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2012 Abstracts

Patient-Specific Modelling of Abdominal Aortic Aneurysm Evolution

Jesse Boamh, Linacre College

Abdominal aortic aneurysm (AAA) is a vascular disease, characterised by a localised and progressive enlargement of the abdominal aorta. AAA is known to rupture occasionally, and in that case the outcome is usually catastrophic. Overall, this disease accounts for 1-2% of all deaths in the UK. Up to date, there is no satisfactory methodology to assess whether a detected aneurysm is in risk of rupture and simplistic size correlations are used. Currently, I have attained a set of successive patient follow-up clinical scans for a detected aneurysm. Using image reconstruction techniques I have segmented the real geometry model of the detected aneurysm. I apply a fluid-solid-growth (FSG) computational framework to simulate the mechanobiology of the arterial wall of the patient-specific geometry of AAA. The model accounts for the structural arrangement and natural reference configurations of elastin and collagen of arterial wall components. The wall of the artery is subjected to a constant systolic pressure and physiological axial stretch.

The results emphasise the role of wall shear stress (WSS), elastin degradation, and collagen remodelling in AAA enlargement. Low WSS promotes elastin degradation as AAA enlarges. The largest aneurysmal growth is found at the region of low WSS (< 0.2 Pa). An asymmetric bulge is seen in the abdominal aorta region and aneurysm evolution enlarges faster at the upstream region. This yields greater insight into AAA evolution.

Strategies for Enhancing the Efficacy of Sonothrombolysis using Magnetic Microbubbles

Calum Crake, Lady Margaret Hall

Stroke is the third most common cause of death in developed countries and kills or disables 10 million people per annum. The majority of stokes are ischaemic in nature, caused by a blood clot in the brain. Thrombolytic drugs such as t-PA are the only approved treatment for ischaemic stroke, but must be administered within a few hours of onset and risk serious side effects; as such, 95% of patients do not receive any treatment.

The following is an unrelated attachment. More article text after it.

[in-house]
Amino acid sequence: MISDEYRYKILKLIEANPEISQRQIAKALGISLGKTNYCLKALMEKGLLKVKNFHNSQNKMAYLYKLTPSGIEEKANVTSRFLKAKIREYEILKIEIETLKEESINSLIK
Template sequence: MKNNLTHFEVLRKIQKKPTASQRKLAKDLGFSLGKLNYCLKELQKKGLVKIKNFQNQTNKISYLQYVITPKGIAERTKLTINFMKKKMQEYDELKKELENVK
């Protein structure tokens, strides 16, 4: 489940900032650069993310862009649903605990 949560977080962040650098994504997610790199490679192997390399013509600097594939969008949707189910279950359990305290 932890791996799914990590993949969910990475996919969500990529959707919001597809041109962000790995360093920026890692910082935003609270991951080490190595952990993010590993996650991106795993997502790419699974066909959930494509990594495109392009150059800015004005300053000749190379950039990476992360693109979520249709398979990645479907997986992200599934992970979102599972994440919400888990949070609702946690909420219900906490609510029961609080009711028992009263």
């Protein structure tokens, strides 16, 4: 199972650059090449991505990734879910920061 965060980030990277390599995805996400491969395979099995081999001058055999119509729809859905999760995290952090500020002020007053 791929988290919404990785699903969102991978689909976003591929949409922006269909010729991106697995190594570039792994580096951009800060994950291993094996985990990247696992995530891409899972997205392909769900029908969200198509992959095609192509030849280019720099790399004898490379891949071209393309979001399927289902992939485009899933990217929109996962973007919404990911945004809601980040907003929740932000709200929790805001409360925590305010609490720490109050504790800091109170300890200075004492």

Ultrasound and microbubbles have both been shown to enhance the effect of thrombolytic drugs. However, early results of in vivo and clinical trials have been disappointing, and found to pose considerable risk for the patient. Improved understanding of the mechanisms of ultrasound and microbubble-enhanced thrombolysis is required to devise safe and effective treatment regimes. In addition, improved targeting of treatment is necessary to reduce side effects, increase eligibility and improve outcomes. In particular, biophysical targeting methods such as the use of magnetically-targeted microbubbles may be used to increase the selectivity of treatment and further improve ultrasound-enhanced thrombolysis.

Non-Contact Remote Monitoring

Alessandro Guazzi, Kellogg College

Continuous vital sign monitoring, already possible through a number of contact technologies including photoplethysmography (PPG) and particularly pulse oximetry, allows a continuous assessment of the cardiac rhythm and the arterial oxygen saturation, which can be used as indicators of the overall health of the patient. Such a continuous surveillance is useful in the treatment of chronic diseases as it allows the early detection, and thus potentially improves the prevention, of catastrophic events. Pulse oximetry, recognised as one of the most important advances in patient monitoring in the past decades, has in fact become internationally mandatory for patients undergoing anaesthesia, and is thought to be a potential predictor for a number of complications in post-operative patients, including head trauma and airway obstruction. The detection of further parameters such as blood pressure and arterial behaviour has also been shown to be possible through the analysis of the PPG signal, and could lead to improved diagnoses and disease prevention in patients. The development of remote vital sign monitoring would retain all of the advantages of contact monitoring while also reducing the discomfort to patients and risks and costs related to the spread of infections in a hospital setting.